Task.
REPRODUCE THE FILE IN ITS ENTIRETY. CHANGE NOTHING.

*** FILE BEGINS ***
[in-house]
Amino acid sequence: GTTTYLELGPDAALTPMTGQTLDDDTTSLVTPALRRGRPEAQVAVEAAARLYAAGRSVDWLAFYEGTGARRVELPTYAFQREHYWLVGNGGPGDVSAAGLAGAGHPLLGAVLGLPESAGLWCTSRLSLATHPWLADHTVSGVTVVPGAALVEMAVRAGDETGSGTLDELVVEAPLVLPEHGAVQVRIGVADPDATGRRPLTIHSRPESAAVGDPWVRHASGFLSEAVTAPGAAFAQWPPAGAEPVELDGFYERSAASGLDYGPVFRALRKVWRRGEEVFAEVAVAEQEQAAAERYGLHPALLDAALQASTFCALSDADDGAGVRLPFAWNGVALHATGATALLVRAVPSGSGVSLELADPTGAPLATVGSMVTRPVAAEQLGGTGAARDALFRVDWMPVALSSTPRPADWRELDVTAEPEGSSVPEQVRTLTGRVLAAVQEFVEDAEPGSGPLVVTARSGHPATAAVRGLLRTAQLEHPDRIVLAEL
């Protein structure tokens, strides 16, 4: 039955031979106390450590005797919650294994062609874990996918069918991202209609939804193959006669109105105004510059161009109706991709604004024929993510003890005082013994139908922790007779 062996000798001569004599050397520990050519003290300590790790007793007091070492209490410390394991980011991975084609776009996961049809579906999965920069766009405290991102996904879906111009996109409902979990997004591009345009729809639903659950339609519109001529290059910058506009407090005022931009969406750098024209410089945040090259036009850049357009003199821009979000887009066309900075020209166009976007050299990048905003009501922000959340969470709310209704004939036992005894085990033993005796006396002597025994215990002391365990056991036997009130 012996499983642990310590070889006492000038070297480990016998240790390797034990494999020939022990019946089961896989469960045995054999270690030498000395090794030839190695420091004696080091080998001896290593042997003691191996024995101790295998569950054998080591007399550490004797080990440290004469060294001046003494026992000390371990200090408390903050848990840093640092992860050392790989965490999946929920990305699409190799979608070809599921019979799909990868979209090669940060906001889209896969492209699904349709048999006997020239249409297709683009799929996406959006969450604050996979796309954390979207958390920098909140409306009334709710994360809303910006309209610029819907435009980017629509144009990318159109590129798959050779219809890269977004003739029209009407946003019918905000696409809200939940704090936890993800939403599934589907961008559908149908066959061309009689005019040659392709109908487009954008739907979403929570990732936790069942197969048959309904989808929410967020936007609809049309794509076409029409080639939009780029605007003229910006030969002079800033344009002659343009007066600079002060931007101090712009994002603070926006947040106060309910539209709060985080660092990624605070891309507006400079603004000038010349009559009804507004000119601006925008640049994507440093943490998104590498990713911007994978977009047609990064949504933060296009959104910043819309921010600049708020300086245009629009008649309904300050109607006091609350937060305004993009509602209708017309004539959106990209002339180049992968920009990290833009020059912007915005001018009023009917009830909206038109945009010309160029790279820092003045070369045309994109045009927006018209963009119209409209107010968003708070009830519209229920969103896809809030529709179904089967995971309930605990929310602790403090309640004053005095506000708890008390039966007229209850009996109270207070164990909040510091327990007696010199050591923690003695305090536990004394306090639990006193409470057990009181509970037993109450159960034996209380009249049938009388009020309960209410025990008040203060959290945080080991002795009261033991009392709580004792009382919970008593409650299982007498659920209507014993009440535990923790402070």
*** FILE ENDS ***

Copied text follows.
[in-house]
Amino acid sequence: GTTTYLELGPDAALTPMTGQTLDDDTTSLVTPALRRGRPEAQVAVEAAARLYAAGRSVDWLAFYEGTGARRVELPTYAFQREHYWLVGNGGPGDVSAAGLAGAGHPLLGAVLGLPESAGLWCTSRLSLATHPWLADHTVSGVTVVPGAALVEMAVRAGDETGSGTLDELVVEAPLVLPEHGAVQVRIGVADPDATGRRPLTIHSRPESAAVGDPWVRHASGFLSEAVTAPGAAFAQWPPAGAEPVELDGFYERSAASGLDYGPVFRALRKVWRRGEEVFAEVAVAEQEQAAAERYGLHPALLDAALQASTFCALSDADDGAGVRLPFAWNGVALHATGATALLVRAVPSGSGVSLELADPTGAPLATVGSMVTRPVAAEQLGGTGAARDALFRVDWMPVALSSTPRPADWRELDVTAEPEGSSVPEQVRTLTGRVLAAVQEFVEDAEPGSGPLVVTARSGHPATAAVRGLLRTAQLEHPDRIVLAEL
């Protein structure tokens, strides 16, 4: 039955031979106390450590005797919650294994062609874990996918069918991202209609939804193959006669109105105004510059161009109706991709604004024929993510003890005082013994139908922790007779 062996000798001569004599050397520990050519003290300590790790007793007091070492209490410390394991980011991975084609776009996961049809579906999965920069766009405290991102996904879906111009996109409902979990997004591009345009729809639903659950339609519109001529290059910058506009407090005022931009969406750098024209410089945040090259036009850049357009003199821009979000887009066309900075020209166009976007050299990048905003009501922000959340969470709310209704004939036992005894085990033993005796006396002597025994215990002391365990056991036997009130 012996499983642990310590070889006492000038070297480990016998240790390797034990494999020939022990019946089961896989469960045995054999270690030498000395090794030839190695420091004696080091080998001896290593042997003691191996024995101790295998569950054998080591007399550490004797080990440290004469060294001046003494026992000390371990200090408390903050848990840093640092992860050392790989965490999946929920990305699409190799979608070809599921019979799909990868979209090669940060906001889209896969492209699904349709048999006997020239249409297709683009799929996406959006969450604050996979796309954390979207958390920098909140409306009334709710994360809303910006309209610029819907435009980017629509144009990318159109590129798959050779219809890269977004003739029209009407946003019918905000696409809200939940704090936890993800939403599934589907961008559908149908066959061309009689005019040659392709109908487009954008739907979403929570990732936790069942197969048959309904989808929410967020936007609809049309794509076409029409080639939009780029605007003229910006030969002079800033344009002659343009007066600079002060931007101090712009994002603070926006947040106060309910539209709060985080660092990624605070891309507006400079603004000038010349009559009804507004000119601006925008640049994507440093943490998104590498990713911007994978977009047609990064949504933060296009959104910043819309921010600049708020300086245009629009008649309904300050109607006091609350937060305004993009509602209708017309004539959106990209002339180049992968920009990290833009020059912007915005001018009023009917009830909206038109945009010309160029790279820092003045070369045309994109045009927006018209963009119209409209107010968003708070009830519209229920969103896809809030529709179904089967995971309930605990929310602790403090309640004053005095506000708890008390039966007229209850009996109270207070164990909040510091327990007696010199050591923690003695305090536990004394306090639990006193409470057990009181509970037993109450159960034996209380009249049938009388009020309960209410025990008040203060959290945080080991002795009261033991009392709580004792009382919970008593409650299982007498659920209507014993009440535990923790402070």